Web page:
News & Events

Labor effort aimed at Hub health workers

By Joseph Williams, Globe Staff  |  March 30, 2009

WASHINGTON – Union canvassers in Boston are pursuing two urgent missions – organizing the city’s big teaching hospitals and trying to rally support for federal legislation that could enhance the strength of unions nationwide.

The two goals are intertwined: Passage of the bill before Congress would make success more likely for the Service Employees International Union’s Massachusetts chapter, which is two years into the hospital organizing effort that is focusing first on Beth Israel Deaconess Medical Center.

"If there wasn’t a problem, the law wouldn’t be needed," said Mike Fadel, Local 1199’s executive vice president.

Beth Israel CEO Paul Levy, a harsh critic of the bill, has said it would eliminate free choice from the workplace and has said a union would do nothing to improve patient care at the hospital.
A hospital spokesman said that Levy would not comment on the bill, but referred to Levy’s blog, Running a hospital, where in one posting last month, Levy slammed the SEIU for "running roughshod over freedom of speech." In another posting last fall, Levy criticized the local SEIU chapter’s spending, writing that "as you read stories and ads over the coming months, think about who is really Goliath here, and who is really David."

SEIU, the nation’s fastest growing union, is one of the measure’s biggest supporters, spending at least $10 million on advertising and on lobbying Congress. The Massachusetts local has chipped in, setting up phone banks and going door-to-door in nearby states, urging residents to call their representatives in Washington.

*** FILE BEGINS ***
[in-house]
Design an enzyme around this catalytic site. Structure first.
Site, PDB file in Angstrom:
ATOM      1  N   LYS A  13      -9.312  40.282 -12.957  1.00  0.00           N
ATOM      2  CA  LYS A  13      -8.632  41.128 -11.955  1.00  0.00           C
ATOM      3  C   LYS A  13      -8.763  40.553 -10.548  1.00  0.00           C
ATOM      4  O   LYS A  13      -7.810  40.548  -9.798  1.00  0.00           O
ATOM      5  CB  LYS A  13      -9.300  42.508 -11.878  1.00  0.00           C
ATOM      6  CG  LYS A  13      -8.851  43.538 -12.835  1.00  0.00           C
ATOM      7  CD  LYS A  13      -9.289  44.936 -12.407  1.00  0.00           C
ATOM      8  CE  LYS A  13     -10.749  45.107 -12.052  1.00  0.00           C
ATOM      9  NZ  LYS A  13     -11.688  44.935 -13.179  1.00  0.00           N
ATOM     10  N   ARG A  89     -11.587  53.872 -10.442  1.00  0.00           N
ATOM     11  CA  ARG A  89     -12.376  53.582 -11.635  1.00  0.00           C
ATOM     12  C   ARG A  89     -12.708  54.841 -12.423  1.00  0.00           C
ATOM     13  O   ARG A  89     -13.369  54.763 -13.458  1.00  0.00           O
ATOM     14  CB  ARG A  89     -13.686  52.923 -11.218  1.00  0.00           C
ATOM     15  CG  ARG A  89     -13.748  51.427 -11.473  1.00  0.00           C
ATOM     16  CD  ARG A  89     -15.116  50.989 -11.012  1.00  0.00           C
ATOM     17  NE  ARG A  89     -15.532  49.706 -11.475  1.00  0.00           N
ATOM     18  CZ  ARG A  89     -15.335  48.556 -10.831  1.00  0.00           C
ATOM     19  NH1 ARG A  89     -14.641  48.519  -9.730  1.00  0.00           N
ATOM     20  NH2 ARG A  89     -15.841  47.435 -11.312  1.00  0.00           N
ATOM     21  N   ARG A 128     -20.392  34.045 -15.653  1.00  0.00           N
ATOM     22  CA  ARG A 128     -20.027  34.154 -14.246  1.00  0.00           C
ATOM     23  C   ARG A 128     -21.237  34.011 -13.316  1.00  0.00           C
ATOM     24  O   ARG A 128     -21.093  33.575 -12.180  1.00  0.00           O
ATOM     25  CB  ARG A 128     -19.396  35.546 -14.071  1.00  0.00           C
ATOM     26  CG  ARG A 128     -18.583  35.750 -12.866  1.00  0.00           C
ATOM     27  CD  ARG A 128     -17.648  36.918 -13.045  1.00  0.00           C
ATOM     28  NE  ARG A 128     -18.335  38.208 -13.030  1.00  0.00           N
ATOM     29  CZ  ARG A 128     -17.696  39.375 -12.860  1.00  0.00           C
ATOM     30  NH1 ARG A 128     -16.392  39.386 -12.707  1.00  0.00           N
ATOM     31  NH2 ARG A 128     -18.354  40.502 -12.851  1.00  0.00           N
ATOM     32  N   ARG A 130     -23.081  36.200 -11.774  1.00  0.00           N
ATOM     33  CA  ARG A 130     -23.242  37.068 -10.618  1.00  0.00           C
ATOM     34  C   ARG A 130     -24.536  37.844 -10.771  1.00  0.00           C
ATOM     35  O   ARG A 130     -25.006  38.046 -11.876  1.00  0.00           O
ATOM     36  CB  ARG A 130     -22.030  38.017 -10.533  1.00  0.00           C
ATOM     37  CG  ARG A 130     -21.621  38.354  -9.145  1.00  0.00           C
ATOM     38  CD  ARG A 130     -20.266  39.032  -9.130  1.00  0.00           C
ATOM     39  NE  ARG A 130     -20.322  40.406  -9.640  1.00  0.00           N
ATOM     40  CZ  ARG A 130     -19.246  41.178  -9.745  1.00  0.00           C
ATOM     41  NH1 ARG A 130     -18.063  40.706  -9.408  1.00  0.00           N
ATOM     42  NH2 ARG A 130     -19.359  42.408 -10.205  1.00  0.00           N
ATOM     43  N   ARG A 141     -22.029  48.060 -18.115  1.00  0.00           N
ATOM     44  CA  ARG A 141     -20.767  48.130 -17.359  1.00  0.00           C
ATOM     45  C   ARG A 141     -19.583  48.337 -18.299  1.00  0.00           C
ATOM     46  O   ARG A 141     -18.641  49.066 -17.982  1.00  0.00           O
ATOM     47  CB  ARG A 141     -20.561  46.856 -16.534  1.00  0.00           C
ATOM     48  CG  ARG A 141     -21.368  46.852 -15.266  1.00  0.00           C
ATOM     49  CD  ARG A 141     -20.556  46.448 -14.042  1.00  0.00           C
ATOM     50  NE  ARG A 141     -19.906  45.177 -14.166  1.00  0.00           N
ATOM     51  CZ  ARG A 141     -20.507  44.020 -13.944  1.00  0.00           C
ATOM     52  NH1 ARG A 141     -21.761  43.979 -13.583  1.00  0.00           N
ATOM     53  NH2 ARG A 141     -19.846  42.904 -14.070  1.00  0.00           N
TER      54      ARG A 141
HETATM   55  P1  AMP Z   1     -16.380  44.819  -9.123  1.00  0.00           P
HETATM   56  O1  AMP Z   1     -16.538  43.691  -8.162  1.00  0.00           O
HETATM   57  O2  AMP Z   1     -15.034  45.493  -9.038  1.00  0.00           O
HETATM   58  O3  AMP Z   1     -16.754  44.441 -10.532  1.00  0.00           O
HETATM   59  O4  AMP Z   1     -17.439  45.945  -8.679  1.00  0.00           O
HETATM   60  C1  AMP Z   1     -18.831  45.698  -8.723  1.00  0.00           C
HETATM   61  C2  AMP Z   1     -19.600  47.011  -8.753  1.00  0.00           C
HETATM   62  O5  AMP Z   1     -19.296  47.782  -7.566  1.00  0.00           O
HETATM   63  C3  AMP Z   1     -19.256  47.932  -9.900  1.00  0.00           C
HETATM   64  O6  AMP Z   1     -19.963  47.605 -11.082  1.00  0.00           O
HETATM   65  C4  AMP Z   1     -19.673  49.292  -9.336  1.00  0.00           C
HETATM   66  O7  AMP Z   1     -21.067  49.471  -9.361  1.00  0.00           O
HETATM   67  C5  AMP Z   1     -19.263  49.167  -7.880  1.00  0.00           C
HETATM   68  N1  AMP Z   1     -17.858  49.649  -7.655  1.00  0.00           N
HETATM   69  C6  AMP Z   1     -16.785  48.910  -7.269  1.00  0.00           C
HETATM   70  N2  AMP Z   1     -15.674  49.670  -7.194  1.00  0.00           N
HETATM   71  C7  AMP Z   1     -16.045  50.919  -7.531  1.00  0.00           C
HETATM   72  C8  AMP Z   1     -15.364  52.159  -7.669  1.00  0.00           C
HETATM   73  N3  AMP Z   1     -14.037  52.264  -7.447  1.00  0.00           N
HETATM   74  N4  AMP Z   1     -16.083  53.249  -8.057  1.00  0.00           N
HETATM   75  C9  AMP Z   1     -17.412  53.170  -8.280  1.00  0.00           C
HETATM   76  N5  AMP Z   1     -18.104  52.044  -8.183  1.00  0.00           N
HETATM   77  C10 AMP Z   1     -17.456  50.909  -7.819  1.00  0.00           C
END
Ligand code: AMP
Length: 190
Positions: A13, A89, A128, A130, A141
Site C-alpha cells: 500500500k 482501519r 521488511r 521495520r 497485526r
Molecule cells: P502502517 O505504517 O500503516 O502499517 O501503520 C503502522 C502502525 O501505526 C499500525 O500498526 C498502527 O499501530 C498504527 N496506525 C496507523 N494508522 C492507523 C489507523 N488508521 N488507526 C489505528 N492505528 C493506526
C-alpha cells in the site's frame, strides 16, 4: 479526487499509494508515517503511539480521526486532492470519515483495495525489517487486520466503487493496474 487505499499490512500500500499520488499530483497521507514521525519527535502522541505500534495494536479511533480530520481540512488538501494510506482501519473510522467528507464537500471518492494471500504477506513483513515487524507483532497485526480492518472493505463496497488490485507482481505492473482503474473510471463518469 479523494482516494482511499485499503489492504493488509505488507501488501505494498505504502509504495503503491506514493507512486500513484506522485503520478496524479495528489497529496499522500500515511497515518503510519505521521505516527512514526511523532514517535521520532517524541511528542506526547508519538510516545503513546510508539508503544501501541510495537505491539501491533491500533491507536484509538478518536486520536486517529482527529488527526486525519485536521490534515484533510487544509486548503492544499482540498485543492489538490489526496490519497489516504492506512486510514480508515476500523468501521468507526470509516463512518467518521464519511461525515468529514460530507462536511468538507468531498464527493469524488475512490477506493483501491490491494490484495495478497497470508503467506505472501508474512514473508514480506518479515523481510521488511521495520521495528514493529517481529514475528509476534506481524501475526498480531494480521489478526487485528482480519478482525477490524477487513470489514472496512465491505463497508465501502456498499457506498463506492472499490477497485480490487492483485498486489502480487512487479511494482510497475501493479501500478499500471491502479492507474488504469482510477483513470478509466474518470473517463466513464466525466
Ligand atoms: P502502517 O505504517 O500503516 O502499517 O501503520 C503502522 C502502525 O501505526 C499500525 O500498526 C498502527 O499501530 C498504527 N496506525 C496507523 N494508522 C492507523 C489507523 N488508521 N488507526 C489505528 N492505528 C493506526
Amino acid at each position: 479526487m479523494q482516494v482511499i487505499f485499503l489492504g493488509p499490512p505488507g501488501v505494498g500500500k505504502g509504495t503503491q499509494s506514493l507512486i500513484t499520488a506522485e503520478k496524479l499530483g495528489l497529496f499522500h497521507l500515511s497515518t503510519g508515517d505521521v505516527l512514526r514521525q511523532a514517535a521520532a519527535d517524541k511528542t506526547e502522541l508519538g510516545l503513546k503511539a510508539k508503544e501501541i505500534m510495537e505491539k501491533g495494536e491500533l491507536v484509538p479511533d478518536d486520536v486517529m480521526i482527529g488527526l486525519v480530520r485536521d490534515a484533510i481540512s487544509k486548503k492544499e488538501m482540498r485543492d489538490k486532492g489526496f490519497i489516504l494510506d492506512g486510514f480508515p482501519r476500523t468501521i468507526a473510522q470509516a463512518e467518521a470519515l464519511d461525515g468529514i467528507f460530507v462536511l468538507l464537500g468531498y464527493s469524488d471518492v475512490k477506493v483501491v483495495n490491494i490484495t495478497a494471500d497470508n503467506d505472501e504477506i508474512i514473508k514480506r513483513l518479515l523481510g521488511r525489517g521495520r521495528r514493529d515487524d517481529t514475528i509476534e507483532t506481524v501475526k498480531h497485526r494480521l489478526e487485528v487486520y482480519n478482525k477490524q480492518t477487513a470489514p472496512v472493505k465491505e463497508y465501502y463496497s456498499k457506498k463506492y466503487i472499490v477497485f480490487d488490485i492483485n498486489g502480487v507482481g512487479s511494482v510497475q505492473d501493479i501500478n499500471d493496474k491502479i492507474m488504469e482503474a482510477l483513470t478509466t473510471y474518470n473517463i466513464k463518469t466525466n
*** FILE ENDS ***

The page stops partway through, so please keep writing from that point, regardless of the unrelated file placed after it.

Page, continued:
"American workers are losing the American dream," Andy Stern, SEIU’s international president, said in an interview. "That’s what’s really at stake here."

In all, major business groups and labor unions have spent more than $225 million in the battle over the "check-card" bill, which organized labor considers its best chance in a generation to stem a long-term decline in membership.

The bill, backed by President Obama and many leading Democrats, would allow a majority of employees at a company to organize by signing cards, a change from current law that gives management the right to demand that workers ratify that decision through a secret ballot. Unions say the elections allow companies to use scare tactics and pressure employees to vote no, while management says that secret ballots are the only way to prevent unions from intimidating workers and also give workers more time to learn both sides of the issue.

"The vast majority of hospitals in Massachusetts are philosophically opposed," Lynn Nicholas, president and CEO of the Massachusetts Hospital Association, said in a telephone interview. Though the association isn’t opposed to all unionization, she said, with the proposal, "there’s no private, search-your-conscience vote at the end of the day."

Besides Beth Israel, the SEIU local is eventually expected to try to unionize the entire workforces at Massachusetts General Hospital, Brigham and Women’s Hospital, and other major teaching hospitals. In January, Caritas Christi Health Care announced a deal with SEIU to not interfere with the union’s effort to try to organize about 13,000 employees at the six hospitals owned by the Archdiocese of Boston. SEIU successfully organized 25,000 Massachusetts home health assistants in 2007, and a year later negotiated a contract for them.